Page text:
Chart of GBPUSD with 50-Day and 100-Day Moving Averages (Daily)
Chart Created on Tradingview Platform
Another Dollar-based pair that closed out this week with an interesting technical performance is USCNH. The exchange rate between the US and Chinese currencies slipped to its lowest level in two years on a sharp end-of-week adjustment. The motivation for such a drive can be explained by a number of factors including ‘risk trends’ considerations. However, I believe the spark here is a little less systemic. Chinese markets have been closed through the week for holidays during which the government urged its citizens to travel in order to stoke domestic economic growth. If the internal demand swelled to offset the growing pressure against flagging export relations, their may be a strong dynamic at work for this cross. Alternatively, the convention may be one that is more manufactured than market driven. It will be tough to draw that out of USDCNH, but a frequent correlation via AUDUSD is likely to weigh in on belief more readily. With a break above range high at 0.7200, the stakes were raised.
Chart of AUDUSD with 50,100-Day SMA and Overlaid with Inverted USDCNH (Daily)
Chart Created on Tradingview Platform
If you want to download my Manic-Crisis calendar, you can find the updated file here.
Author: John Kicklighter
What the Stock Market Did Last Time There Was a Contested Election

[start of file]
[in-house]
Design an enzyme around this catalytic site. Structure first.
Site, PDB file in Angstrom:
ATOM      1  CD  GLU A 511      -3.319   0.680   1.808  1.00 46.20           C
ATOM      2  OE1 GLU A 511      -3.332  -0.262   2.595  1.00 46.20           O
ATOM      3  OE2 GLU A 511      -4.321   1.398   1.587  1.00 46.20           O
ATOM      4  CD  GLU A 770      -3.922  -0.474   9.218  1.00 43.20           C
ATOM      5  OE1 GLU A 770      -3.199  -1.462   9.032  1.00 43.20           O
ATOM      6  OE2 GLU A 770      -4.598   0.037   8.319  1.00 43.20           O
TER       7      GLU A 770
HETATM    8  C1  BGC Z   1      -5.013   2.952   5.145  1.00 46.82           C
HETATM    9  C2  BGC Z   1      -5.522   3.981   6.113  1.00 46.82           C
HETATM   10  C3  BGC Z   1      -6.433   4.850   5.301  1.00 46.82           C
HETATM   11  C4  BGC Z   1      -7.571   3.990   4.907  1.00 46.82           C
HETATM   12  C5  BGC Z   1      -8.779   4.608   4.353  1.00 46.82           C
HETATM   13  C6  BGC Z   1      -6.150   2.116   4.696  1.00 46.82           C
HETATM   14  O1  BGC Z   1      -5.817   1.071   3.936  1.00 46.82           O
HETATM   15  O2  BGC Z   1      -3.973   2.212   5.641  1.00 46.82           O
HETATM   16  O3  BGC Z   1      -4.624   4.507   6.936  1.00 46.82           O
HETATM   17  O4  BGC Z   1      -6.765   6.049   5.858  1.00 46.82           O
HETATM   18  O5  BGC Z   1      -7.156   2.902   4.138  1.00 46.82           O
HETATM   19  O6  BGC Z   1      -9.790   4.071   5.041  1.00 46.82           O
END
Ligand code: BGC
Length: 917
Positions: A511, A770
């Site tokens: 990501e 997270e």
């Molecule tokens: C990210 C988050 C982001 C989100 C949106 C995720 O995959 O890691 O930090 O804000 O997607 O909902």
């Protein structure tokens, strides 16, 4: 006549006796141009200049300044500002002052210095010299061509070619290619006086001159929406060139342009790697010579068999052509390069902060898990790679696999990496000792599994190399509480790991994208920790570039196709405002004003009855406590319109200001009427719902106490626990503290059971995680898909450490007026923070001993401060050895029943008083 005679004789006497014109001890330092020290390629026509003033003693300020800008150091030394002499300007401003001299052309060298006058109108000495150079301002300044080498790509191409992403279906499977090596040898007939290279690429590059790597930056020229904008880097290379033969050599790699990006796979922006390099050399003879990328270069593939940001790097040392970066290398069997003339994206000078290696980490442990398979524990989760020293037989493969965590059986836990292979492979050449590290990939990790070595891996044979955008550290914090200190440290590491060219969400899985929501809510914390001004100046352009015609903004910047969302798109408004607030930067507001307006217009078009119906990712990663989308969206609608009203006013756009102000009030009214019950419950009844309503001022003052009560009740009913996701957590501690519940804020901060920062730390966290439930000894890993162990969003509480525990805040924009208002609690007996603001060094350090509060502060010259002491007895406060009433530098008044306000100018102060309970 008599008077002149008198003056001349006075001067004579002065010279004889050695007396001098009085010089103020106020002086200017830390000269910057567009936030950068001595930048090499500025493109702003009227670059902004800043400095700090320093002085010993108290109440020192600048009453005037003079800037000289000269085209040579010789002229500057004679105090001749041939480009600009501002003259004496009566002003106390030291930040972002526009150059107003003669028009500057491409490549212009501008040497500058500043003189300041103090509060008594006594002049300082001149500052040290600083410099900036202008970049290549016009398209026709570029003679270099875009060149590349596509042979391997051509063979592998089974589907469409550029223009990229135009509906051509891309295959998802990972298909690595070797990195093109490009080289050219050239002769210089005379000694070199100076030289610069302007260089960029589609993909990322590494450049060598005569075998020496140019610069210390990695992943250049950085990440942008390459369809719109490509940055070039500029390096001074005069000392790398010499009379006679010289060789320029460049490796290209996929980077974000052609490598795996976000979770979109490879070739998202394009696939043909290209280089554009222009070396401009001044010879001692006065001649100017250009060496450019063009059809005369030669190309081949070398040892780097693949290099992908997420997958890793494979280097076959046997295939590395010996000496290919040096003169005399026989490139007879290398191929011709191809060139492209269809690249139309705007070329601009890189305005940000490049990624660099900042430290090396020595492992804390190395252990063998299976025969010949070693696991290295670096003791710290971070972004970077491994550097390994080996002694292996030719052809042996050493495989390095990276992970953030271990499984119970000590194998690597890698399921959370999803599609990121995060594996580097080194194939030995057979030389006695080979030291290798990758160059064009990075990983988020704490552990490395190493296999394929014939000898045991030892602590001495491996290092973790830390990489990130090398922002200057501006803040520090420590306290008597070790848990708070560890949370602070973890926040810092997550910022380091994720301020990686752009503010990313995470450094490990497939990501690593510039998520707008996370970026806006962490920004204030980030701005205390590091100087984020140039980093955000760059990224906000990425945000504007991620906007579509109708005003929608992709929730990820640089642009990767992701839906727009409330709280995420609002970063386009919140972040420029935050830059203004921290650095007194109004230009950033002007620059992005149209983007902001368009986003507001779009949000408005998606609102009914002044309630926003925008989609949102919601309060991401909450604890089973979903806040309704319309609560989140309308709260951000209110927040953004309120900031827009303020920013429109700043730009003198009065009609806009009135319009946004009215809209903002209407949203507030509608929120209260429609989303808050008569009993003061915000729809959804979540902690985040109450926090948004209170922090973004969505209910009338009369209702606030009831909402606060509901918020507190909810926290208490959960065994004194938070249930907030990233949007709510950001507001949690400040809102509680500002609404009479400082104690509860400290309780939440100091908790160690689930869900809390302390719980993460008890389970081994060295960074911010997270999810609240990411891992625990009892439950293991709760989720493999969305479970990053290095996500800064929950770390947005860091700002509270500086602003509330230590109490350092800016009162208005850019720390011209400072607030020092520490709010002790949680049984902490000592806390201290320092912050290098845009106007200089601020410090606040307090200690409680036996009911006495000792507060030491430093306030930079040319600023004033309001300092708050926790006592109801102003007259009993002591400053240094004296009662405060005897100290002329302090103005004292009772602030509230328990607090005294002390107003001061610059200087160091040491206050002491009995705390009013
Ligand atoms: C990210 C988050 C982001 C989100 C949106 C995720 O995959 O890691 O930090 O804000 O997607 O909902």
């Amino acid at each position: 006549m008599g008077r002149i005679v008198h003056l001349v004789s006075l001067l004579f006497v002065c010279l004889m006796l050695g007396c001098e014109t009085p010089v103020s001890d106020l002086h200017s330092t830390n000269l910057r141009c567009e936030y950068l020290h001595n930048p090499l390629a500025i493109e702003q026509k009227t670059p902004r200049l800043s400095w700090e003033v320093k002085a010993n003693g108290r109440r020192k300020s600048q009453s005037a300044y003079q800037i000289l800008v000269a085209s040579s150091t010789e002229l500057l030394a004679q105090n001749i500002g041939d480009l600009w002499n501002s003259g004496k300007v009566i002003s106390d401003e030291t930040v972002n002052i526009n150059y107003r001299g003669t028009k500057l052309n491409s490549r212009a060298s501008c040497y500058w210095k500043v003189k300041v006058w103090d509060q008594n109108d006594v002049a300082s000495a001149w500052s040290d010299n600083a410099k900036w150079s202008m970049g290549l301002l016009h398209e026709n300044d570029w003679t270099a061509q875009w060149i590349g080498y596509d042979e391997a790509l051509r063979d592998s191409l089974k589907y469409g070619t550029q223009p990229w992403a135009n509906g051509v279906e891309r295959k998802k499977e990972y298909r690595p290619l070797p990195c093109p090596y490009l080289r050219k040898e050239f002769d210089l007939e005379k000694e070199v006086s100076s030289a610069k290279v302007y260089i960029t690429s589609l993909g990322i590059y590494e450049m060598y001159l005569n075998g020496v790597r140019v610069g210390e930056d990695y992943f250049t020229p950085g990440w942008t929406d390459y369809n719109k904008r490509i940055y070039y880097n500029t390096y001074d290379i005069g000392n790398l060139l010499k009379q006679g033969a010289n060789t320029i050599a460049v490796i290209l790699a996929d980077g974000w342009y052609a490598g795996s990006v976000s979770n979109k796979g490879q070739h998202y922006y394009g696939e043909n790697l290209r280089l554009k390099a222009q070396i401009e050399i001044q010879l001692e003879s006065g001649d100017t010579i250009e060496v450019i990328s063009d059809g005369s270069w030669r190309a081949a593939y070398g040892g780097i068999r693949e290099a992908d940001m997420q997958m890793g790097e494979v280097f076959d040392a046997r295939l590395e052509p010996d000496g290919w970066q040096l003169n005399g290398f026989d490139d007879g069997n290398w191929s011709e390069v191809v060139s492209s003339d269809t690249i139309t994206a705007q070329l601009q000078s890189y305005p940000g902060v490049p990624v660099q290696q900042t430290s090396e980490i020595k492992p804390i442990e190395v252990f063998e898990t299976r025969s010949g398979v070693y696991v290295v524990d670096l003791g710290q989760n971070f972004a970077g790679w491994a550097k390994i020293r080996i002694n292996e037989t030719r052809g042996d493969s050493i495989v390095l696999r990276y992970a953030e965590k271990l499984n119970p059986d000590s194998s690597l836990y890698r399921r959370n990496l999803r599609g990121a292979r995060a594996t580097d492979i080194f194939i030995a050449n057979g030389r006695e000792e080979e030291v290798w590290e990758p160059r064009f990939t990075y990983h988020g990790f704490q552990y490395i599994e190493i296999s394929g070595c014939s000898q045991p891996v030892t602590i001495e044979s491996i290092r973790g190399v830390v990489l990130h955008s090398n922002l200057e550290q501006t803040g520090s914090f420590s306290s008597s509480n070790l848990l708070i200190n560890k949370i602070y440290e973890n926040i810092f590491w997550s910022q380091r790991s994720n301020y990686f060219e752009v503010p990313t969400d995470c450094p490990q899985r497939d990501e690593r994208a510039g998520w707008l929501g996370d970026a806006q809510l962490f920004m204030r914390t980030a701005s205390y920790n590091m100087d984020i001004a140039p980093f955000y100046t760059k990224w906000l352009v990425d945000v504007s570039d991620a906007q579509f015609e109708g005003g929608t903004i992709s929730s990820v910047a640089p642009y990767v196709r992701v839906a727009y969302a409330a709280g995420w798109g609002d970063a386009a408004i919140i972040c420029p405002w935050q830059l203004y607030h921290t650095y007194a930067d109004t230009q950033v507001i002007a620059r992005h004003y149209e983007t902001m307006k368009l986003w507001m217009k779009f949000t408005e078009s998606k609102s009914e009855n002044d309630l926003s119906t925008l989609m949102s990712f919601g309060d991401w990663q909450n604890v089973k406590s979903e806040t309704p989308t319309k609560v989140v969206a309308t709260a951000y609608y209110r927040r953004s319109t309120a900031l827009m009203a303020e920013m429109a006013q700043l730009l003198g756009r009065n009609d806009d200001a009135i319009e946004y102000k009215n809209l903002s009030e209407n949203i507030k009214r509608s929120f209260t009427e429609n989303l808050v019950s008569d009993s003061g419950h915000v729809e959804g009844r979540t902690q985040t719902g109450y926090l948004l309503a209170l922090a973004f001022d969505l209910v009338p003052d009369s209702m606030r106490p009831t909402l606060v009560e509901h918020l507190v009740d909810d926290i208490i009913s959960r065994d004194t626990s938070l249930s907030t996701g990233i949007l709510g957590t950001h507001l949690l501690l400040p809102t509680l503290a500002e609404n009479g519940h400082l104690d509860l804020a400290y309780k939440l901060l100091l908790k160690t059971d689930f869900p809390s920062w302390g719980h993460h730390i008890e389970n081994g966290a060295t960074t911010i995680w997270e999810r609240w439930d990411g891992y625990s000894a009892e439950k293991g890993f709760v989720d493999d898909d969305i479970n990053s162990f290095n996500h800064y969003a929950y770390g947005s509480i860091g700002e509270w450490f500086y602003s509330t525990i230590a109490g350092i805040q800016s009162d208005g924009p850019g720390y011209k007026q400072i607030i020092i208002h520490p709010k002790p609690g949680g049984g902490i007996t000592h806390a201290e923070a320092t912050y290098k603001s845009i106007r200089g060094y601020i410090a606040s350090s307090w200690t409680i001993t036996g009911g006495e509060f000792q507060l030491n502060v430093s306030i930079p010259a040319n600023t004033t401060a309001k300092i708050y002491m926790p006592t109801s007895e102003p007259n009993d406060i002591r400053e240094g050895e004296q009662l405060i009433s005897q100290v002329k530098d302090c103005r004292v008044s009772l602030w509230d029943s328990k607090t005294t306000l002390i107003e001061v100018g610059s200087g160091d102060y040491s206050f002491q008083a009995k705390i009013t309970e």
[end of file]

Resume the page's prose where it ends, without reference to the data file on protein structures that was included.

A contested presidential vote tops the list of investors’ fears — despite coronavirus, widespread unemployment, and the deadlock over another stimulus bill.
A recent poll of 700 investors by financial consultancy deVere Group found that 72% of respondents said a disputed election is their biggest 2020 investment worry. Those who were already worried that on Nov. 3, there won’t be a clear winner, got little comfort during the first presidential debate, as President Donald Trump again raised the possibility of challenging the vote in his face-off against Democratic challenger Joe Biden.
While 2020 has been filled with unprecedented events, a disputed presidential vote would not be among them. Twenty years ago, the nation spent 36 days in limbo wondering whether George Bush or Al Gore would be the next leader of the free world.
To understand what a contested election could mean for investors, let’s look at how markets reacted to the Bush vs. Gore showdown of 2000.
Image source: Getty Images.
The stock market doesn’t react well to uncertainty, so it’s not surprising that stocks fell in 2000 when no clear winner emerged from the election. Between Election Day on Nov. 7, 2000 and the end of November 2000, the S&P 500 fell by 8.1%. The tech-heavy Nasdaq nosedived by nearly 24%.
But let’s not forget the bigger picture: The economy was already in bear market territory after the dot-com bubble started to implode in March 2000. David Kelly, chief global strategist for JP Morgan Funds, recently wrote that the overall stock market had already dropped 6.3% from its March 2000 peak by Election Day. In fact, Nov. 7, 2000 will live in infamy not only as the day that would bring us hanging chads and Florida jokes, but also as the day Pets.com collapsed following a spectacularly terrible initial public offering (IPO) the prior February.